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Shortly after Florence Luebke died in 1985, her nephew decided to donate her collection of handkerchiefs to Colorado State University.
All 1,107 of them.
Now, the massive hanky collection has been put on display by the Avenir Museum of Design and Merchandising.
There are handkerchiefs of almost every conceivable type. Black ones for funerals. Festive ones for holidays, including Mother’s Day. Commemorative ones from states along Route 66. The one from Seattle World’s Fair of 1962. One with images of foods and their calorie counts? Got it. There’s even a placard outlining the hanky’s language of love – the many ways it was used for flirtation and communication by potential romantic partners.
And they’re not all square – one display case showcases handkerchiefs of different shapes and sizes. Another shows off the ones Luebke received between 1947 and 1963 from the various “Hanky of the Month” clubs that were in existence at the time. (June 1948 was a banner month — she got nine of them.)
There’s also a section in the Avenir exhibit about how Kleenex got its start: After World War I, the hanky got a bad rap as a transfer mechanism for Spanish influenza virus, so the disposable tissue company seized on the opportunity in 1924 with the slogan, “Don’t put a cold in your pocket.”
Unfortunately, when CSU employee Paul Gilbert dropped off the boxes and boxes of handkerchiefs in the mid-1980s, museum staff didn’t get his aunt’s last name. So Avenir employees and volunteers only knew her by how she was addressed in greeting cards that accompanied handkerchiefs she received as gifts – and that she kept as part of a meticulous hanky filing system.
“It’s a curator’s dream to have that archival evidence to go along with many of these pieces,” says Avenir Curator Katie Knowles. “But most of the cards referred to her as just ‘Flo.’”
Finally, Avenir volunteer Terrie Cornell found a single envelope bearing the last name “Luebke,” and verified her identity through some genealogical research.
The exhibition, “Nothing to Sneeze At: One Woman – 1,107 handkerchiefs,” was designed and developed by Avenir volunteer and guest curator Marcella Wells, and will be on display in the Avenir Gallery at the University Center for the Arts until Aug. 3. It is one of four new offerings that opened at the museum Jan. 16. The other three are on display in the Avenir Museum of Design and Merchandising at 216 E. Lake St.
‘ORANGE: A short history of orange in fashion’
This exploration of one the most important colors in the history of CSU – not to mention the Denver Broncos — features more than sports apparel.
A line of dresses illustrates how the use of the color orange in fashion changed over the span of a century, from the subdued burnt orange of the 1890s through the bright neons and fluorescents of the 1960s and ’70s.
Conceived by Avenir Museum volunteer Jan Alexander, who was struck by the large number of orange garments in the museum’s collection, the exhibition explores the various meanings of orange in society as well as the technological advances that were needed to develop brighter dyes and the synthetic fabrics that would hold them.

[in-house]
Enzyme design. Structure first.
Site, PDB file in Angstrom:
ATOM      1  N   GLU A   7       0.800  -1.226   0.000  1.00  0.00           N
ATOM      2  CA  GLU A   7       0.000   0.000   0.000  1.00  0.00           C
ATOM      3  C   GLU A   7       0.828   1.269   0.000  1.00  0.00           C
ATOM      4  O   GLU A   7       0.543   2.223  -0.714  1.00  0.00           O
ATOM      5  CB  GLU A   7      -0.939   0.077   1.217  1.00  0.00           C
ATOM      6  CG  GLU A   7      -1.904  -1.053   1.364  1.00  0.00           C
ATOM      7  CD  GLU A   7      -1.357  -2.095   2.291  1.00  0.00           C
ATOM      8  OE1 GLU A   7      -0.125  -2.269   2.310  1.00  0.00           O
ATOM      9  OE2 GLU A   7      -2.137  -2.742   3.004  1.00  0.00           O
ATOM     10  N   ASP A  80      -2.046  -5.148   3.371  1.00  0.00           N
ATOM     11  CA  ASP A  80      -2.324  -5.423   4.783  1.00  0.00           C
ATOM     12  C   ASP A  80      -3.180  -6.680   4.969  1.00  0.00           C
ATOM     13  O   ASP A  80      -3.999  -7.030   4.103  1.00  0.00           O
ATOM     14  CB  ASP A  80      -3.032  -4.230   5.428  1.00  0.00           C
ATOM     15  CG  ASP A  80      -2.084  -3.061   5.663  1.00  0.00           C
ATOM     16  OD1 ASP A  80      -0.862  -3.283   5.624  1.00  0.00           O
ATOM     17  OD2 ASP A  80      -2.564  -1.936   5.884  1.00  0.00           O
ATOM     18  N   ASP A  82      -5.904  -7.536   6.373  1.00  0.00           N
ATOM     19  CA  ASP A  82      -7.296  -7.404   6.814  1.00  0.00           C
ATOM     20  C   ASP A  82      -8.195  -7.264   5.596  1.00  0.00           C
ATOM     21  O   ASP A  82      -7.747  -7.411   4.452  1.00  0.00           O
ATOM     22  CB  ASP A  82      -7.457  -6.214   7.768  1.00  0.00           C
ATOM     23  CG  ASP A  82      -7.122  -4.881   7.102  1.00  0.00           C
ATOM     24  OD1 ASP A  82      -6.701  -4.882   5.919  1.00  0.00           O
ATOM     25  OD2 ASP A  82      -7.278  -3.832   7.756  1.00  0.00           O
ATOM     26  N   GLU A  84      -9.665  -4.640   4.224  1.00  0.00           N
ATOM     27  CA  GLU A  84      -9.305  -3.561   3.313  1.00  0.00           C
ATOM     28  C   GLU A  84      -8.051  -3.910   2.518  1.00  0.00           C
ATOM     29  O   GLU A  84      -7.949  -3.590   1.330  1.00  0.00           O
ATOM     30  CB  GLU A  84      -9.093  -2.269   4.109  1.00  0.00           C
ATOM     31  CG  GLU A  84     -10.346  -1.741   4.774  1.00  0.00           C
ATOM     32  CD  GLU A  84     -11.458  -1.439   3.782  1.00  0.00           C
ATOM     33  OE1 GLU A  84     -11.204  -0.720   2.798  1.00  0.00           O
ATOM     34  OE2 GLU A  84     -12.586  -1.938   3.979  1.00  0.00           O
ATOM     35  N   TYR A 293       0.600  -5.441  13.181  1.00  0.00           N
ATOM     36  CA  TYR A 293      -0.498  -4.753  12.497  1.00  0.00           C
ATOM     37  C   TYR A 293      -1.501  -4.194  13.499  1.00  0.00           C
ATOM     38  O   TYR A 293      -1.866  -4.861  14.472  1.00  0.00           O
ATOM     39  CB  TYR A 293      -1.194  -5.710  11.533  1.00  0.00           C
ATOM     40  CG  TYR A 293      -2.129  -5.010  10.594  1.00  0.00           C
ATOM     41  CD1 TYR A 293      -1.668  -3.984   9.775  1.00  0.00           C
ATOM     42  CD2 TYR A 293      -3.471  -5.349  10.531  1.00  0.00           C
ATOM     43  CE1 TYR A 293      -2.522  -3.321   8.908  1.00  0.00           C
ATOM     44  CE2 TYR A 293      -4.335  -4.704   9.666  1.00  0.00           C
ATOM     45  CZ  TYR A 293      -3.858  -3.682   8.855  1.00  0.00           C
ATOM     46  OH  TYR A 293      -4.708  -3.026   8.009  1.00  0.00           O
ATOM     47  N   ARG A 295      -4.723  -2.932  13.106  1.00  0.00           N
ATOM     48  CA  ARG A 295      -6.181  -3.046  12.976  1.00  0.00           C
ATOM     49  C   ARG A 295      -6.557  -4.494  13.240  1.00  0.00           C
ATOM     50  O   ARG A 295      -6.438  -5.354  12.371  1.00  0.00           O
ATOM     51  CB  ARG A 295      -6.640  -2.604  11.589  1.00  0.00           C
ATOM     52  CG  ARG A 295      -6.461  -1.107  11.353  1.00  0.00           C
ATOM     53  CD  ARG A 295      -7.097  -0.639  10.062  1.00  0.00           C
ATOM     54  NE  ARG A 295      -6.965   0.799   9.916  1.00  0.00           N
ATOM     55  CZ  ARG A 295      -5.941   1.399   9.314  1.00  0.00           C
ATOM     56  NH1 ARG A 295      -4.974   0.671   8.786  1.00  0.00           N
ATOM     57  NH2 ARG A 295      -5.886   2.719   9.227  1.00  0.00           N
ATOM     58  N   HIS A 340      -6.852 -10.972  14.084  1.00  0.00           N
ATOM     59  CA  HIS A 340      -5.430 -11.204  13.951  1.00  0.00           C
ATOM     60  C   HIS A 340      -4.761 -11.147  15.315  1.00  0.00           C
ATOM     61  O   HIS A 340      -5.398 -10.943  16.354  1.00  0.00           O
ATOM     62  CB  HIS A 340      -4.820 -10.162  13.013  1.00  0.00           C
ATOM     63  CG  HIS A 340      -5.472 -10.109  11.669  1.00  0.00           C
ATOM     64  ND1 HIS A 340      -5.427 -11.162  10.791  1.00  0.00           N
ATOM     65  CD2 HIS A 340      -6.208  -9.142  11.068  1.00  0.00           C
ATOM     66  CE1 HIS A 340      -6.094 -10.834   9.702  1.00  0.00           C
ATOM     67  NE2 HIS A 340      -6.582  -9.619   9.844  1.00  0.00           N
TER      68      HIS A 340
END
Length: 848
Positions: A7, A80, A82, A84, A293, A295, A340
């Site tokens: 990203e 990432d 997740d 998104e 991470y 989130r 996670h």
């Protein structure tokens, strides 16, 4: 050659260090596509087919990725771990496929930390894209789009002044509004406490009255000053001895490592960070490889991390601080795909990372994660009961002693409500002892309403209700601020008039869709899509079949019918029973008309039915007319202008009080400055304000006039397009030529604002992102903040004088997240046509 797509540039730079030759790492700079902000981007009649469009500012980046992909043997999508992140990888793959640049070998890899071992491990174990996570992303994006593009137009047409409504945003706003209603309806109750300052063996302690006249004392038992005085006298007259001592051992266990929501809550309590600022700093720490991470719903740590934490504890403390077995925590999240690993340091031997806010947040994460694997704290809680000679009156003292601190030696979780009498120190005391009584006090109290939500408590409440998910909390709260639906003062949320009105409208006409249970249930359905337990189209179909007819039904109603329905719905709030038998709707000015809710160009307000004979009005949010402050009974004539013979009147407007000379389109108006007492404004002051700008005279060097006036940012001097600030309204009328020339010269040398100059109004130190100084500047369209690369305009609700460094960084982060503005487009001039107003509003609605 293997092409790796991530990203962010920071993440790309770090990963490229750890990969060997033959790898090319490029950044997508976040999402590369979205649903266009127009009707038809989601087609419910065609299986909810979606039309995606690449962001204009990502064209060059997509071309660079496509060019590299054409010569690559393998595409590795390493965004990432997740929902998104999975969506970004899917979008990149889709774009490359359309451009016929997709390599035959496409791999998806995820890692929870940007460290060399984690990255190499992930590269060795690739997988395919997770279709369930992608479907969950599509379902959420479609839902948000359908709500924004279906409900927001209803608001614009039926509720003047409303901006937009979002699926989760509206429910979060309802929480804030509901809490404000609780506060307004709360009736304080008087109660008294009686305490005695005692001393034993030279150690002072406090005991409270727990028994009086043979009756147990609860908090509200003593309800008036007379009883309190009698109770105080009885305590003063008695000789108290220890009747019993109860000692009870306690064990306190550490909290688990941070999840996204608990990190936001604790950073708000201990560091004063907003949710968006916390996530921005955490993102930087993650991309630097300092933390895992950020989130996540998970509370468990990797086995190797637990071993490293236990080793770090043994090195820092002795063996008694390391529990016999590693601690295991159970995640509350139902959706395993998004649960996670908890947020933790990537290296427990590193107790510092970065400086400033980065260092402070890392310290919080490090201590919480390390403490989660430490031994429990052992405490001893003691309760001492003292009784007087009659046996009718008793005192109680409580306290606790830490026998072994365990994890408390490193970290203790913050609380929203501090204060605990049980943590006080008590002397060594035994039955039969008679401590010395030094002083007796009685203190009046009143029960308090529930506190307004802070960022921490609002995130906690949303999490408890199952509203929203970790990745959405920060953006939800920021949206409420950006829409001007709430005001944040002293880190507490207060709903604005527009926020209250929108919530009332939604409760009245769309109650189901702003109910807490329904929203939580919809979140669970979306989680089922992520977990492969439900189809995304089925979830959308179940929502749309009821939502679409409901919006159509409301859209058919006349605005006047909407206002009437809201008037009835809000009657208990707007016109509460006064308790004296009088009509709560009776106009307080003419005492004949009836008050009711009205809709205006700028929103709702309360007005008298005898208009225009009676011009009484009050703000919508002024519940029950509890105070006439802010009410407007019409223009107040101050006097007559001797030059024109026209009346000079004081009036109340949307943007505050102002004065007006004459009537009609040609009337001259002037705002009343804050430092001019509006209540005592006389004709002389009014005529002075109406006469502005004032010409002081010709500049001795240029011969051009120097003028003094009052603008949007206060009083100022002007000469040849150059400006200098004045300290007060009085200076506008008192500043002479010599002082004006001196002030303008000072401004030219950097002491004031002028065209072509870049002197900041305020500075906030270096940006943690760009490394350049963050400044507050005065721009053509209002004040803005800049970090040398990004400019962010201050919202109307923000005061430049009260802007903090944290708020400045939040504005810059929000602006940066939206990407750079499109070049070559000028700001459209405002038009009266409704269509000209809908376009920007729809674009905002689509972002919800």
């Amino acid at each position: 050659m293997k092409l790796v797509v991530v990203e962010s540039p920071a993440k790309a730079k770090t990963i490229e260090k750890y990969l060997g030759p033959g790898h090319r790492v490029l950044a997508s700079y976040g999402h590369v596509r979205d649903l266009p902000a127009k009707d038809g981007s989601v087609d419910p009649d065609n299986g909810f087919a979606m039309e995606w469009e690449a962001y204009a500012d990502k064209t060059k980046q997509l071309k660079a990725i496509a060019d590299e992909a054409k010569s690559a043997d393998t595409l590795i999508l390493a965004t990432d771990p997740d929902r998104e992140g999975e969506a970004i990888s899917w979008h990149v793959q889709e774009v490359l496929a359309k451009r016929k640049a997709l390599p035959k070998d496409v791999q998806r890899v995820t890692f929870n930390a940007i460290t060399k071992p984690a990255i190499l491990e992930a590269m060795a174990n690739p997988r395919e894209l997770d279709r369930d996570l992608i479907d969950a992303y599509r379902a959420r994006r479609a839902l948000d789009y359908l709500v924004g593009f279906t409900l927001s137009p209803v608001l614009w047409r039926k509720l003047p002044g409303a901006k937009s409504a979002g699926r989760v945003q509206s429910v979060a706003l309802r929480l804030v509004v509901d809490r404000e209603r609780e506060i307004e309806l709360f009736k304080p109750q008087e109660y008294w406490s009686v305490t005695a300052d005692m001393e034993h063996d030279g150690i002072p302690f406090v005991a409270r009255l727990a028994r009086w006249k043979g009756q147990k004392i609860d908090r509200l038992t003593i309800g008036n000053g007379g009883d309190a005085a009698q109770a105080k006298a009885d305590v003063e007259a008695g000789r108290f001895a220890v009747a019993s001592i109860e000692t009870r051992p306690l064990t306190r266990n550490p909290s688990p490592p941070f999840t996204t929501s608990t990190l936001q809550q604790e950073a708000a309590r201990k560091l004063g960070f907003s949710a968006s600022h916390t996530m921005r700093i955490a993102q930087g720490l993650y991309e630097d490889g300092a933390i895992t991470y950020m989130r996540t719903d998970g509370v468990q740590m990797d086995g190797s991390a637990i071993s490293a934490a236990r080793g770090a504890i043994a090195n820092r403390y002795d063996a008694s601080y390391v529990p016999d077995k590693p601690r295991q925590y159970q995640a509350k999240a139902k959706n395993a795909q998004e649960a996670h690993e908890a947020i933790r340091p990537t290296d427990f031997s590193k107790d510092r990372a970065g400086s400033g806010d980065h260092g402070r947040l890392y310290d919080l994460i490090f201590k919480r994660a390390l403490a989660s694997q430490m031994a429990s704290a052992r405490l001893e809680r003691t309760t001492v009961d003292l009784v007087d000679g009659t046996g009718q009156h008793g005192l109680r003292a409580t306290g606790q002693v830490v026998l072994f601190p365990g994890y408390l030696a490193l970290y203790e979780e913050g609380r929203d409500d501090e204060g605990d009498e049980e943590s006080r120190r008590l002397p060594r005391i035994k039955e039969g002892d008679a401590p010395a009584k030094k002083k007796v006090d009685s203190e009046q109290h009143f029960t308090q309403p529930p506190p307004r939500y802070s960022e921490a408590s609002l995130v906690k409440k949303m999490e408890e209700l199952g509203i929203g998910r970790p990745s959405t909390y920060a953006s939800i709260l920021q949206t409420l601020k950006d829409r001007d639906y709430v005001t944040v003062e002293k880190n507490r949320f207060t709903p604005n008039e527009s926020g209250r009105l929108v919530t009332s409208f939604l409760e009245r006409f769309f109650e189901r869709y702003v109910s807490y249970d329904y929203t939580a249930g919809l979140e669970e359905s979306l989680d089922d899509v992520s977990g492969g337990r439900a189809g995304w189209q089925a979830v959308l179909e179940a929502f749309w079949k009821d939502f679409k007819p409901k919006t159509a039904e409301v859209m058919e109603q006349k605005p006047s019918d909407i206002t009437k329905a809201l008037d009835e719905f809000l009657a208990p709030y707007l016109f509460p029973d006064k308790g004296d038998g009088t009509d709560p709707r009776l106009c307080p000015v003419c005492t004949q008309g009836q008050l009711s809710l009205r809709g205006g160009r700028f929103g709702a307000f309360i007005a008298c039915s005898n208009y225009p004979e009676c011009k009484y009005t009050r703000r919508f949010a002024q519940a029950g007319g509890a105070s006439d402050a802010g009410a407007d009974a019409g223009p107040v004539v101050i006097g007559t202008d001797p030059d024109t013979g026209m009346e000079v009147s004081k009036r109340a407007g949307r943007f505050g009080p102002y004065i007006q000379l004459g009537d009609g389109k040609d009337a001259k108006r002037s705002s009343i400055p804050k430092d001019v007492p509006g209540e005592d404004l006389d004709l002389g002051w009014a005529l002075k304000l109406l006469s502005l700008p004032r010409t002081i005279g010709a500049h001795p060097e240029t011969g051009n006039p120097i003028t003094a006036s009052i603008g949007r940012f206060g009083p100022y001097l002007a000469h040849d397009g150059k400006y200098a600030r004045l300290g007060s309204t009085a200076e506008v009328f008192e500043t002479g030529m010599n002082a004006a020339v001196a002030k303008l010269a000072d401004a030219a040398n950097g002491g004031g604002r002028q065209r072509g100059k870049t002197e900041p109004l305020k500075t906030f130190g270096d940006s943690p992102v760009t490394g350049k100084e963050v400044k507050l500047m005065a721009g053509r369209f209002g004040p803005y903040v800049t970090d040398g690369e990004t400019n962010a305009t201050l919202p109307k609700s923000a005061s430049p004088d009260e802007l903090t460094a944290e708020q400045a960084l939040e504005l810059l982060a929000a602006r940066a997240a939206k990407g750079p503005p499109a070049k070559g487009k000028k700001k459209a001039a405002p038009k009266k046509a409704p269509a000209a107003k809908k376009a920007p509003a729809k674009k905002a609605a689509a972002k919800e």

And, of course, one display features an Aggie letterman sweater, Denver Broncos apparel bearing “Orange Crush” and “United in Orange” mottos, as well as an old orange Bronco helmet from the ’60s loaned by John Beake, former general manager of the team.
The exhibition ends July 17.
The first large-scale traveling exhibition brought in by the Avenir, Virginia Commonwealth University’s “FABRICation” is a textile and fiber arts examination of “slow making” by hand, featuring seven artists.
The theme is “Slow Looking,” suggesting that visitors take their time soaking in each piece to notice details that may not be evident at first glance.
Many of the pieces feature mixed media. Erin Castellan uses a variety of materials to create hybrid works that drape off the wall. Kristy Deetz paints wood to look like a textile surface. Virginia Derryberry sews garments such as dresses onto quilts. Reni Gower’s work features colorful vertically hanging layers. Natalie Smith’s minimalist, multidimensional pieces explore repeating patterns on different surfaces. CSU alumna Susan Iverson created striking tapestries that hang in the shape of the letter U – and she’ll deliver an evening lecture about FABRICation at the Avenir on March 22. Finally, the largest of Rachel Hayes “strip-quilting” works features a combination of burlap sacks, polyester chiffon and vinyl.
The exhibition is on display until May 11.
This ongoing exhibition of some of the Avenir’s most recent acquisitions features a variety of pieces, ranging from a woman’s wool dress made in the early 1900s to a Bhutanese ceremonial cloth.
There is a little black dress by couturier James Galanos; a suit by Adele Simpson, who designed high-end everyday wear for several U.S. First Ladies during the 20th century; and a woman’s blue suit from the 1940s. Two evening gowns on display were created by Denver designer Julia Tobias and were provided to the museum by a donor who found them in a secondhand clothing store. One of the gowns was created in 1959, according to a 1972 Denver Post article discovered by the Denver chapter of Fashion Group International. The Post interviewed Tobias as she was closing her atelier, and the gown appears in a photo accompanying the story.
The Avenir is based in the Department of Design and Merchandising, in CSU’s College of Health and Human Sciences. Information about the Avenir’s Evening Lecture Series is available on CSU’s news website SOURCE.